Riparian buffers are a conservation practice that increases vegetation diversity on the agricultural landscape while providing environmental benefits. This study specifically focused on the ability of riparian buffers to remove nitrate from shallow groundwater. There are many studies that assessed nitrate removal within buffers, but not many have a long-term, continuous data set that can analyze for variation in nitrate removal rates over time. Here we report on 21 years of nitrate well data, from 1996 through 2017, for three buffers in the Bear Creek watershed in central Iowa. These buffers are named using abbreviations to help keep landowners anonymous (e.g. RN, RS, and ST). Studied buffers RS and ST showed greater nitrate reduction (or removal) after 10 and 6 years of its establishment, respectively. Buffer RN did not experience a significant nitrate removal increase with time, but instead had higher nitrate removal rates when compared to buffers RS and ST of 10.3 g NO3−-N m−1 day−1 from the start of this study. From this data, we suggest that past land management played a major role in the responses observed. RN had previously been established in cool-season grasses for grazing before being converted to a buffer, while RS and ST had been managed in a corn and soybean rotation. RN was thought to have higher denitrification immediately with increased labile soil carbon input and enhanced soil aggregation due to the grassland perennials, while buffer vegetation establishment increased soil carbon inputs and soil aggregation over time for RS and ST. These nitrate removal trends would not have been observed without access to long-term, continuous data. This study highlighted the importance of long-term data sets and the need to assess conservation practices over time to determine their longevity and efficiency with time.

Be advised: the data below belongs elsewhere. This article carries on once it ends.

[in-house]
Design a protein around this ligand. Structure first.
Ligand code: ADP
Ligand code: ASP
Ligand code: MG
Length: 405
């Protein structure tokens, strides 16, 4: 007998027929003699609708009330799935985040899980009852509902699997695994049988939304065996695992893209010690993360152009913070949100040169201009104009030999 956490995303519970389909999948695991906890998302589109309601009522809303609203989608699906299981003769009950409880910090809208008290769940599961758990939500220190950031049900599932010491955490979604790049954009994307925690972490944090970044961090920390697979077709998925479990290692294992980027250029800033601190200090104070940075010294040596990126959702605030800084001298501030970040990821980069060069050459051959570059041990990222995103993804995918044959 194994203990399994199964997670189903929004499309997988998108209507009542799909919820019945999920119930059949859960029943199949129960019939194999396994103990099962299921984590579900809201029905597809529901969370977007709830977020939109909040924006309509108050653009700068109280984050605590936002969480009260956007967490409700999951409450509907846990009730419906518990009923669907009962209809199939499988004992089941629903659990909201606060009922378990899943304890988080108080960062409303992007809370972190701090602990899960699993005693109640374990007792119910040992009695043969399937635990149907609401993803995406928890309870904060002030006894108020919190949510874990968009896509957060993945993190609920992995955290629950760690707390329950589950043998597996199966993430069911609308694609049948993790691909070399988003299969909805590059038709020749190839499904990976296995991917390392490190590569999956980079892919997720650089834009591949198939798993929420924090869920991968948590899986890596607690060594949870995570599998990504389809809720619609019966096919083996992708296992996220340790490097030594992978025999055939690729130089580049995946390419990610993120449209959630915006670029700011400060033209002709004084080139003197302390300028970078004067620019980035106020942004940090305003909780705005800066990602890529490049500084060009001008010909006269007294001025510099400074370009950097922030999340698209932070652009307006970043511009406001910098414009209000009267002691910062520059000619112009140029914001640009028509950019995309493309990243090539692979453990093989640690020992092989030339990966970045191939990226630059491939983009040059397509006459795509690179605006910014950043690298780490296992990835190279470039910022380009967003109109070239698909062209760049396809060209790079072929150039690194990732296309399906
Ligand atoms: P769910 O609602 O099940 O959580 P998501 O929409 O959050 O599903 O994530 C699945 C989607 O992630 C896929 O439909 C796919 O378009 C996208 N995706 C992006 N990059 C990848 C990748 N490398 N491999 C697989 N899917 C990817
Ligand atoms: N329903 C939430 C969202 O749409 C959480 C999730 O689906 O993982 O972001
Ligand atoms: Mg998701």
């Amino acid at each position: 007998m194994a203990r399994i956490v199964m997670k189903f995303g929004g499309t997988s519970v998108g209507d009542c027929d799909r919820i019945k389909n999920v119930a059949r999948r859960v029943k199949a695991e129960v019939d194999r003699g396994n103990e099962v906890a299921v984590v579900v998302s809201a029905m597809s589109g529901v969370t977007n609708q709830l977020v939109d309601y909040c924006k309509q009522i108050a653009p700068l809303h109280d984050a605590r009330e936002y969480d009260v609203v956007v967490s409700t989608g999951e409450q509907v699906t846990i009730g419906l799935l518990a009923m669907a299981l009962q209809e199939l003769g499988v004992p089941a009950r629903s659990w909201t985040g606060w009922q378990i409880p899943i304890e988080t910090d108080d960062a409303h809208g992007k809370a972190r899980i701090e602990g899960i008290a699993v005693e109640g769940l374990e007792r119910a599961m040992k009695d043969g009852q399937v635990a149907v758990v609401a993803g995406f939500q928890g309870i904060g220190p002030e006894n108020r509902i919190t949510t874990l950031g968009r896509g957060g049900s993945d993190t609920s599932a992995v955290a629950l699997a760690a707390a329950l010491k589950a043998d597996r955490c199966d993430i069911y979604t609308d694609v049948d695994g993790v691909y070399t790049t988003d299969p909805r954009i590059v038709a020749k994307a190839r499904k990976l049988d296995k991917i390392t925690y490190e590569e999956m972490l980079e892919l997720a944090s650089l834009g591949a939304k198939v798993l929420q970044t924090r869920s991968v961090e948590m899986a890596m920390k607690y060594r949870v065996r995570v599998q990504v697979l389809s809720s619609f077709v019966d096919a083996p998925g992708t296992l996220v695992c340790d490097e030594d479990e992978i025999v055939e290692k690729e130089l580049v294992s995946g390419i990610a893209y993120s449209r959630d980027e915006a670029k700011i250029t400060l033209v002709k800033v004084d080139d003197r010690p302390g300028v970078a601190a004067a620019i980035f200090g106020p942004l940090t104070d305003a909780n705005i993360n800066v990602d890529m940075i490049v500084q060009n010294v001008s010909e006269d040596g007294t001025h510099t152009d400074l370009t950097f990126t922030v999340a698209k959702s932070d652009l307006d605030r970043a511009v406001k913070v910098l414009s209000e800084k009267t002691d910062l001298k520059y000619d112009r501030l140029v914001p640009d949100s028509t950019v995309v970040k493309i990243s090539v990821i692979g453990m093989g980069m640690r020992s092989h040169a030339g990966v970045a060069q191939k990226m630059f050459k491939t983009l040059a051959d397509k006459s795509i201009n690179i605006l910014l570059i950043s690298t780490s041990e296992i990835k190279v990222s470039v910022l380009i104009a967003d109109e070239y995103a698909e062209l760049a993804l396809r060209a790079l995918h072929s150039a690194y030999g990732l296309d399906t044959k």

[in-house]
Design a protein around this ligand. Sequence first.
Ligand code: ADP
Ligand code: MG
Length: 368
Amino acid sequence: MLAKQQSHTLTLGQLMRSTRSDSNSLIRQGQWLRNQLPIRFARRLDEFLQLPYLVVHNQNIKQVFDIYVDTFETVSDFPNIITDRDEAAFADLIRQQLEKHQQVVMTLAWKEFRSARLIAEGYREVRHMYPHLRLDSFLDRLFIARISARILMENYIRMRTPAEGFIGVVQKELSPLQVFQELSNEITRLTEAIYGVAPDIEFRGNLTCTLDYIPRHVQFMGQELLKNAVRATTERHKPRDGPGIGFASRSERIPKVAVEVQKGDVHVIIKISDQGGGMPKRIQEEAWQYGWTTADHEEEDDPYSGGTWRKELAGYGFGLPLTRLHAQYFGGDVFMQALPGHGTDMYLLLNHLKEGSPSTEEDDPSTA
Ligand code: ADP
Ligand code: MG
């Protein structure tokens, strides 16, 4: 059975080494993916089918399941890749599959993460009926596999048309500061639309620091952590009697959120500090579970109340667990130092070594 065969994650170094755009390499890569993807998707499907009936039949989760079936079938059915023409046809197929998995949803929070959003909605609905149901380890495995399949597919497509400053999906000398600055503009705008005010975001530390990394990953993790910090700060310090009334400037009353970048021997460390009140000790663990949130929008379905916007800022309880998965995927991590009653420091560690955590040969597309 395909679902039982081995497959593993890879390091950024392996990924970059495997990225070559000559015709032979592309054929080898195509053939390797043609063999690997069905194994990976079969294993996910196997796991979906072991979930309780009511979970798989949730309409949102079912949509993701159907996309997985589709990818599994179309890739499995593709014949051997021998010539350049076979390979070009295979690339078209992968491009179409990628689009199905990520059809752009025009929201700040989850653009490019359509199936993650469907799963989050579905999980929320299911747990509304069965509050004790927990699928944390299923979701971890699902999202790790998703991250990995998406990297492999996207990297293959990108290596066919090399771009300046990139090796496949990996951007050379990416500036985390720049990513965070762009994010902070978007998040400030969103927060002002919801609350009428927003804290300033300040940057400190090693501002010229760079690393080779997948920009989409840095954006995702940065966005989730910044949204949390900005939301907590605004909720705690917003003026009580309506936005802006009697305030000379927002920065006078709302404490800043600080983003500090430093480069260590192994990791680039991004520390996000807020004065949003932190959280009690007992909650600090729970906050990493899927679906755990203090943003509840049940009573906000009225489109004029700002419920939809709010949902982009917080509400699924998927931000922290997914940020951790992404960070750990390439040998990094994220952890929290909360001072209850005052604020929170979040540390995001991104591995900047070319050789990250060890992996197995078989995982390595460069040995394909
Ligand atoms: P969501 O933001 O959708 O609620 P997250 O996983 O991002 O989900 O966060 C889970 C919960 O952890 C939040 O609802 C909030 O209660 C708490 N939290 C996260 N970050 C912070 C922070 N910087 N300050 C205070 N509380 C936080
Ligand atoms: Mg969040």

All Science Journal Classification (ASJC) codes
- Environmental Engineering
- Environmental Chemistry
- Waste Management and Disposal